Public Release: 

Bariatric surgery affects risk of pregnancy complications

Karolinska Institutet

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IMAGE: Kari Johansson, Phd, is a scientist at Karolinska Institutet in Sweden. view more

Credit: Gustav Mårtensson

Bariatric surgery has both a positive and negative influence on the risk of complications during subsequent pregnancy and delivery, concludes a new study from Karolinska Institutet in Sweden. The results, which are published in the New England Journal of Medicine, indicate that maternal health services should regard such cases as risk pregnancies.

Pregnant women with obesity run a higher risk of developing complications during pregnancy and risks of fetal/infant complications are also higher. There has been a sharp rise in the number of women becoming pregnant after bariatric surgery; in 2013 almost 8,000 such operations were performed in Sweden, 80 per cent of which were on women.

"The effects of bariatric surgery on health outcomes such as diabetes and cardiovascular disease have been studied, but less is known about the effects on pregnancy and perinatal outcomes," says the study's lead author, Kari Johansson, PhD, from the Department of Medicine in Solna. "Therefore we wanted to investigate if the surgery influenced in any way the risk of gestational diabetes, preterm birth, stillbirth, if the baby was small or large for its gestational age, congenital malformations and neonatal death."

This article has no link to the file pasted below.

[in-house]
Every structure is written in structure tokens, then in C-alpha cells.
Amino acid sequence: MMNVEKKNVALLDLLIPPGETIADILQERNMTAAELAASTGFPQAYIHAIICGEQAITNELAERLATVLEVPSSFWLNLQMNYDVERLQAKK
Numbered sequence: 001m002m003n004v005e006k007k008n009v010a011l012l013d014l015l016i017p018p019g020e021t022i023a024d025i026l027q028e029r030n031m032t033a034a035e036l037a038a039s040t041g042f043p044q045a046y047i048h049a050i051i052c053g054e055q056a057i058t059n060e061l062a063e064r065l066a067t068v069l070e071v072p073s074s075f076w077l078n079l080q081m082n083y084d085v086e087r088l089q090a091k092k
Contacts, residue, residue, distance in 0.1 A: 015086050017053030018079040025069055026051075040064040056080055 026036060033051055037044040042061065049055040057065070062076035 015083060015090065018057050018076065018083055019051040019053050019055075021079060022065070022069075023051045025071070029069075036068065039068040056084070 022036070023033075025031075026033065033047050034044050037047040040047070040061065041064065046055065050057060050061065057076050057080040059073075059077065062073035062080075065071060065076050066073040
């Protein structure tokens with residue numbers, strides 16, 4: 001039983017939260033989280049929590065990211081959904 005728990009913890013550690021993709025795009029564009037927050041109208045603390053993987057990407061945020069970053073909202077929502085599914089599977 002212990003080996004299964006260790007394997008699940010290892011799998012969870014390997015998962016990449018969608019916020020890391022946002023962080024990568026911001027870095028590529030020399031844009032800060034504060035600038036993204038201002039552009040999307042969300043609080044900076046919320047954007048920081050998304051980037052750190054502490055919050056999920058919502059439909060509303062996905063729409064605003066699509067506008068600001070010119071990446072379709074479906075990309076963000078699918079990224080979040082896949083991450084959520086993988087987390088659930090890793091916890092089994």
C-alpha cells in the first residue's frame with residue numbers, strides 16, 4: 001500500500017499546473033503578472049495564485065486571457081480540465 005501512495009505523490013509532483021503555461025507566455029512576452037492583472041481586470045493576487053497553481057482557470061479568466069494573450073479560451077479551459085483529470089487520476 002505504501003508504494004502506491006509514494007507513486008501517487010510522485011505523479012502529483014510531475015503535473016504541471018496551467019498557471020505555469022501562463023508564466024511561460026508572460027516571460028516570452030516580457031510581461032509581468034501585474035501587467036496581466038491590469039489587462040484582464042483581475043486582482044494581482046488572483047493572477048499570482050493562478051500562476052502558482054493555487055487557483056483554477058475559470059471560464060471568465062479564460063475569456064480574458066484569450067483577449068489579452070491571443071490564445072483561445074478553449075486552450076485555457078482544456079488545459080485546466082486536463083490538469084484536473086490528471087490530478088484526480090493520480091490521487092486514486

Using data from nationwide Swedish health registries, the researchers identified 596 pregnancies to women who had given birth after bariatric surgery between 2006 and 2011. These pregnancies were then compared with 2,356 pregnancies to women who had not been operated upon but who had the same body mass index (BMI, weight divided by height squared) as the first group prior to surgery.

What researchers found was that the women who had undergone surgery were much less likely to develop gestational diabetes - 2% compared to 7% - and give birth to large babies. Just over 22% of women in the comparison group had babies that were large for gestational age, and barely 9% of the operated women. On the other hand, the operated women were twice as likely to give birth to babies who were small for gestational age, and the pregnancies were also of shorter duration.

"Since bariatric surgery followed by pregnancy has both positive and negative effects, these women, when expecting, should be regarded as risk pregnancies," says Dr Johansson. "They ought to be given special care from the maternal health services, such as extra ultrasound scans to monitor fetal growth, detailed dietary advice that includes checking the intake of the necessary post-surgery supplements."

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The study was financed by the Swedish Research Council, The Obesity Society, Karolinska Institutet and the Stockholm County Council.

Publication: 'Outcomes of Pregnancy in Women with Prior Bariatric Surgery', Kari Johansson, Sven Cnattingius, Ingmar Näslund, Nathalie Roos, Ylva Trolle-Lagerros, Fredrik Granath, Olof Stephansson, & Martin Neovius, New England Journal of Medicine, online 26th February 2015.

Journal website: http://www.nejm.org

Karolinska Institutet - a medical university: ki.se/english

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